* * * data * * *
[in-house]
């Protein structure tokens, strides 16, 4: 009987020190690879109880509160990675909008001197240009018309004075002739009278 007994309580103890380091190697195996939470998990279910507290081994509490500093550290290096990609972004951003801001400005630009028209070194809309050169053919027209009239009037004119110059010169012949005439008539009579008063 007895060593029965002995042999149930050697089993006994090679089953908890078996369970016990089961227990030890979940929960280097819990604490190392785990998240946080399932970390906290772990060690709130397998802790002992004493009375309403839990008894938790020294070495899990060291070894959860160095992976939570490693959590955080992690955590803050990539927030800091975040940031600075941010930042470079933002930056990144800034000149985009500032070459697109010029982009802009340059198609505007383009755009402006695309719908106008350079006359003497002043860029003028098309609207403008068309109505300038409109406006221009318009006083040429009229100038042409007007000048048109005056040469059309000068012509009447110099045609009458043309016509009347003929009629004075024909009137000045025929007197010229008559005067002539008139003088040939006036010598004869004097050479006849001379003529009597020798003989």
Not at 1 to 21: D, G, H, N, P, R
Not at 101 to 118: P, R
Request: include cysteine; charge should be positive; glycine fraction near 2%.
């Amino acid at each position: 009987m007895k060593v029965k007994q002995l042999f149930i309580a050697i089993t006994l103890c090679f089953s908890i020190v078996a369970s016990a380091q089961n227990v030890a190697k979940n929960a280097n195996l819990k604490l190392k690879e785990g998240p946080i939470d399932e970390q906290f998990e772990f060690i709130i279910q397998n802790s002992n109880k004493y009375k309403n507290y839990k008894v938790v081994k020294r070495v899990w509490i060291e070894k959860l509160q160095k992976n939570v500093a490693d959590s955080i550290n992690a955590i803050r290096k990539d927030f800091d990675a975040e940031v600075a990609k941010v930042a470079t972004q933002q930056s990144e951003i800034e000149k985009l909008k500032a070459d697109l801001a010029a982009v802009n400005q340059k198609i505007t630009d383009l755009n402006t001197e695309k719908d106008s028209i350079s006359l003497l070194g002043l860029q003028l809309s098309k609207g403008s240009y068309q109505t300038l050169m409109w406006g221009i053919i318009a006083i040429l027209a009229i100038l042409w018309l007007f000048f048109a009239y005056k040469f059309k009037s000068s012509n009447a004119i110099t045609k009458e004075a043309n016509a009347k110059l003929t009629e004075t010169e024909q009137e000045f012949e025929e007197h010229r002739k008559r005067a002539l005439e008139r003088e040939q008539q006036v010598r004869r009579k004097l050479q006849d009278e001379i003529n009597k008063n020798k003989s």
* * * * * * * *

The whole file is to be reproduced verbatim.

[in-house]
């Protein structure tokens, strides 16, 4: 009987020190690879109880509160990675909008001197240009018309004075002739009278 007994309580103890380091190697195996939470998990279910507290081994509490500093550290290096990609972004951003801001400005630009028209070194809309050169053919027209009239009037004119110059010169012949005439008539009579008063 007895060593029965002995042999149930050697089993006994090679089953908890078996369970016990089961227990030890979940929960280097819990604490190392785990998240946080399932970390906290772990060690709130397998802790002992004493009375309403839990008894938790020294070495899990060291070894959860160095992976939570490693959590955080992690955590803050990539927030800091975040940031600075941010930042470079933002930056990144800034000149985009500032070459697109010029982009802009340059198609505007383009755009402006695309719908106008350079006359003497002043860029003028098309609207403008068309109505300038409109406006221009318009006083040429009229100038042409007007000048048109005056040469059309000068012509009447110099045609009458043309016509009347003929009629004075024909009137000045025929007197010229008559005067002539008139003088040939006036010598004869004097050479006849001379003529009597020798003989």
Not at 1 to 21: D, G, H, N, P, R
Not at 101 to 118: P, R
Request: include cysteine; charge should be positive; glycine fraction near 2%.
């Amino acid at each position: 009987m007895k060593v029965k007994q002995l042999f149930i309580a050697i089993t006994l103890c090679f089953s908890i020190v078996a369970s016990a380091q089961n227990v030890a190697k979940n929960a280097n195996l819990k604490l190392k690879e785990g998240p946080i939470d399932e970390q906290f998990e772990f060690i709130i279910q397998n802790s002992n109880k004493y009375k309403n507290y839990k008894v938790v081994k020294r070495v899990w509490i060291e070894k959860l509160q160095k992976n939570v500093a490693d959590s955080i550290n992690a955590i803050r290096k990539d927030f800091d990675a975040e940031v600075a990609k941010v930042a470079t972004q933002q930056s990144e951003i800034e000149k985009l909008k500032a070459d697109l801001a010029a982009v802009n400005q340059k198609i505007t630009d383009l755009n402006t001197e695309k719908d106008s028209i350079s006359l003497l070194g002043l860029q003028l809309s098309k609207g403008s240009y068309q109505t300038l050169m409109w406006g221009i053919i318009a006083i040429l027209a009229i100038l042409w018309l007007f000048f048109a009239y005056k040469f059309k009037s000068s012509n009447a004119i110099t045609k009458e004075a043309n016509a009347k110059l003929t009629e004075t010169e024909q009137e000045f012949e025929e007197h010229r002739k008559r005067a002539l005439e008139r003088e040939q008539q006036v010598r004869r009579k004097l050479q006849d009278e001379i003529n009597k008063n020798k003989s």